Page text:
The rules of the league look to bring their own improvements: higher minimum salaries, increased benefits (such as health insurance) and additional stability are all likely to be mandated as part of participation in the League. While there will almost certainly be tradeoffs – players will likely face harsher penalties for quitting their teams mid-contact, for example – if everything that’s been hinted at comes to fruition, it’ll be a major boon for players.
There are a lot of details still to be filled in and a lot of promises that need to be delivered on, but the League looks to be a turning point for the better in Overwatch’s young history.
I’m personally looking forward to the expansion of the map pool in Overwatch.
As someone who loves knowing the backstory and lore of a game, Eichenwalde was a real treat. Not only did we get to see another city in the Overwatch world, but we also learned more about a major event in the Omnic Crisis - The Battle of Eichenwalde, in which the Crusaders, led by General Balderich von Adler, made a last stand that signaled a turning point in the war.
However, new maps mean more than just lore; it can add new mechanics that have yet to be seen in pro play.
Already, Blizzard has added to the map pool in 2017 with Oasis going live less than two weeks into the year. Oasis brings the new addition of jump pads and insta-kill objects into play, making for some unique gameplay that we've yet to see in Overwatch.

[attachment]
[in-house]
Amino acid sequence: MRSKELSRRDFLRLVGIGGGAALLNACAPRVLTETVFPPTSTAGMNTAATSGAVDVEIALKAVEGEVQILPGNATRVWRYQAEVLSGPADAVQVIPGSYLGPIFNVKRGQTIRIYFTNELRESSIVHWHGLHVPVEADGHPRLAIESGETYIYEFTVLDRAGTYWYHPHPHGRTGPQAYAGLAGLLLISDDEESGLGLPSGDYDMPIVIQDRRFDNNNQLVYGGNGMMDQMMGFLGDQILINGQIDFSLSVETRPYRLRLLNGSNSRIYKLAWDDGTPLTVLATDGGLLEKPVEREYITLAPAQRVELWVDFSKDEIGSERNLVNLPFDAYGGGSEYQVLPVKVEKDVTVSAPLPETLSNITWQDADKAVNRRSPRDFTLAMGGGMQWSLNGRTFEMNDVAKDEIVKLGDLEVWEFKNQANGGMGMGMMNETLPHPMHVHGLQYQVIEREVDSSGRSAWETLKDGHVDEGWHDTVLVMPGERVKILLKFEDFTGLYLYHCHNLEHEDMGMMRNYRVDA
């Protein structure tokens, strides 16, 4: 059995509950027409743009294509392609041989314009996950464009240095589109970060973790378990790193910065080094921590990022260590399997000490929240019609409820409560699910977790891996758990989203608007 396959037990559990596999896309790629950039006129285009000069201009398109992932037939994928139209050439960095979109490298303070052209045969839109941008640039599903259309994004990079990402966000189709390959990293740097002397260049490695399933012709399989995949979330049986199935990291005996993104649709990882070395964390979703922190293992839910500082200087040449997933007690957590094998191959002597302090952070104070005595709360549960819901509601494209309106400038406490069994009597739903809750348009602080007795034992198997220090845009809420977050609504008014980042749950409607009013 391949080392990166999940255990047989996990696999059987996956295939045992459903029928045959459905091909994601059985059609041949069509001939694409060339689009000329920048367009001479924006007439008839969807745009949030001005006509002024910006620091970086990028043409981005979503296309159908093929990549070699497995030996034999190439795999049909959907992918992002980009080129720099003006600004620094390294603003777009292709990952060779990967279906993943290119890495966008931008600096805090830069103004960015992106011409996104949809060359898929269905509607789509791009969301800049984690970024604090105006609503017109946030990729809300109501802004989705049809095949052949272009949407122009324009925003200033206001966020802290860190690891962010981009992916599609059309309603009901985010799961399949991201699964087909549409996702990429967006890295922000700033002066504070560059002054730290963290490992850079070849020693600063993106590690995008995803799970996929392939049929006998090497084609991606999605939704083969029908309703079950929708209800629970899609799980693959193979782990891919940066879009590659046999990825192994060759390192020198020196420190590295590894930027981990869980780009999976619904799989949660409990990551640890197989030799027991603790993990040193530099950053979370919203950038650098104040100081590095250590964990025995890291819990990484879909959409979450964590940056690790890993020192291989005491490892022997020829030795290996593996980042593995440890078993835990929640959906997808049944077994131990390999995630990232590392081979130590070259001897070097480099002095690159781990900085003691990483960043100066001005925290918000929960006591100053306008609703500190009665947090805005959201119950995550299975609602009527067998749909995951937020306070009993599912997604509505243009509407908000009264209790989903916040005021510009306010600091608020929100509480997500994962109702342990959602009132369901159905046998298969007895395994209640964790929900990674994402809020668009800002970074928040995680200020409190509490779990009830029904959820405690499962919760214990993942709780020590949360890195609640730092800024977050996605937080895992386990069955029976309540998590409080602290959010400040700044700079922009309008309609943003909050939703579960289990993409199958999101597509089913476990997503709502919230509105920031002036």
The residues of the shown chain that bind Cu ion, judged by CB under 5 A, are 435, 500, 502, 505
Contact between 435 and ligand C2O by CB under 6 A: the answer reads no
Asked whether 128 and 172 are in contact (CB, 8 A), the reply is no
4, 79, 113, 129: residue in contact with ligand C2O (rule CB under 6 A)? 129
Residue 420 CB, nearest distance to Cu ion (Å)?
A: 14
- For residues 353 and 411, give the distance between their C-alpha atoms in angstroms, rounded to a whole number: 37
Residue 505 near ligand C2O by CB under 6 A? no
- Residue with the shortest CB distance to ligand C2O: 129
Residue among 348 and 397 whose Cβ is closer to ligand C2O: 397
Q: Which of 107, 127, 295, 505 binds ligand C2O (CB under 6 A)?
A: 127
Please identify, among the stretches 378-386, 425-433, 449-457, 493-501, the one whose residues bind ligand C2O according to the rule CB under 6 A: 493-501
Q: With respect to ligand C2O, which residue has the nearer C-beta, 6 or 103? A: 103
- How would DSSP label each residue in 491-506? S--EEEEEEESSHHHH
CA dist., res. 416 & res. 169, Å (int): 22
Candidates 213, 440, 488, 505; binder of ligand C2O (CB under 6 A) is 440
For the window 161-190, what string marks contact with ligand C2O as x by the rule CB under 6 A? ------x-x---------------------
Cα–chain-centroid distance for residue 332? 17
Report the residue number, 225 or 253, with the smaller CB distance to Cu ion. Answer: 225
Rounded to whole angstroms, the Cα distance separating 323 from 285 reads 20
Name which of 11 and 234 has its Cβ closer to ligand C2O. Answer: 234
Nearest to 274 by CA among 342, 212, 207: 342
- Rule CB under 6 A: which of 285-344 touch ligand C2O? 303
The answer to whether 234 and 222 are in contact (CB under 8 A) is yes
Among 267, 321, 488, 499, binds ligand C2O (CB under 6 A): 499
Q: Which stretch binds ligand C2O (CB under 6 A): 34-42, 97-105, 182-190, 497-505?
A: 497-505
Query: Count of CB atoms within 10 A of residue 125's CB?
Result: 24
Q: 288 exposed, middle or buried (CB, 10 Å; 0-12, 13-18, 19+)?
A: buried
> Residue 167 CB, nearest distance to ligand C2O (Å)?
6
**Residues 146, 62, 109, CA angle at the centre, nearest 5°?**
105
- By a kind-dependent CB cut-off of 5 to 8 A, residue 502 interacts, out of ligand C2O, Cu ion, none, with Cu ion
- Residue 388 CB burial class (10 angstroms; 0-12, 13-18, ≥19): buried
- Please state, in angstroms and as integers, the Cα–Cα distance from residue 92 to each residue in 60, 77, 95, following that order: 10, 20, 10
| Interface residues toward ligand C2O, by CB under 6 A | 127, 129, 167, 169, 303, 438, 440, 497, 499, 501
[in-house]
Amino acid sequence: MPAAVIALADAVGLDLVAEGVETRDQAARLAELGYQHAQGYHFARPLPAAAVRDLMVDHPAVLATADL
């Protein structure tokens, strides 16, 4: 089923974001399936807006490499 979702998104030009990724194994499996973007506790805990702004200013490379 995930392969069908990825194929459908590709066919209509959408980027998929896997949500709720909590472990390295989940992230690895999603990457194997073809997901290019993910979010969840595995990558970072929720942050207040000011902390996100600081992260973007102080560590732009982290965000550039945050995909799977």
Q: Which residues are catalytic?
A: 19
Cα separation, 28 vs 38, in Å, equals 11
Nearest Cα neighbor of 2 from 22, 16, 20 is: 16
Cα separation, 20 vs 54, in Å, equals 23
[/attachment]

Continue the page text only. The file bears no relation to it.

In the last Developer Update of 2016, we were also teased about another new, unnamed map that’s currently in development, and the suggestion that more maps could be seen by the time 2017 is over. This is exciting in terms of quality of life, more-exciting gameplay and added versatility to matches.
A prime example of maps giving us better experiences is through some top-teir Eichenwalde gameplay: namely, Mickie’s D.va quadkill at AEX and Zunba’s clever Zarya ult during the Overwatch World Cup for South Korea. Oasis hasn't been explored in the professional scene just yet, but it'll be exciting to see what kind of plays come about with the new jump pad mechanic.
Hopefully, Blizzard continues to make more maps that challenge players to adapt to more unique situations and, overall, improve Overwatch esports for the better.
What I mostly will look forward to in 2017 will be the continuing timeline and growth of the game. I’m being a bit vague with this point of view, but there’s so many aspects of the game that I’m curious about.
There’s a lot of things that is needed for Overwatch to evolve and continue to grow. The initial hype for Overwatch is now over, so it takes a lot of dedication both from the community and the developers to keep the momentum going. We need tournaments, both big and small. We need constant updates, tuning and fresh content. And - of course - we need continuing support from the players.
If I were to focus on just one thing for 2017, it will be the Overwatch League. Will it succeed? The community has been looking for Blizzard to get involved in the competitive scene, and they've now showm up. There’s still a lot of questions about the league, but they should all be answered in due time. I will take my curiosity and gleefully await the arrival of 2017.
For more competitive Overwatch news, follow us @GosuOverwatch.
What will you be focusing on this year?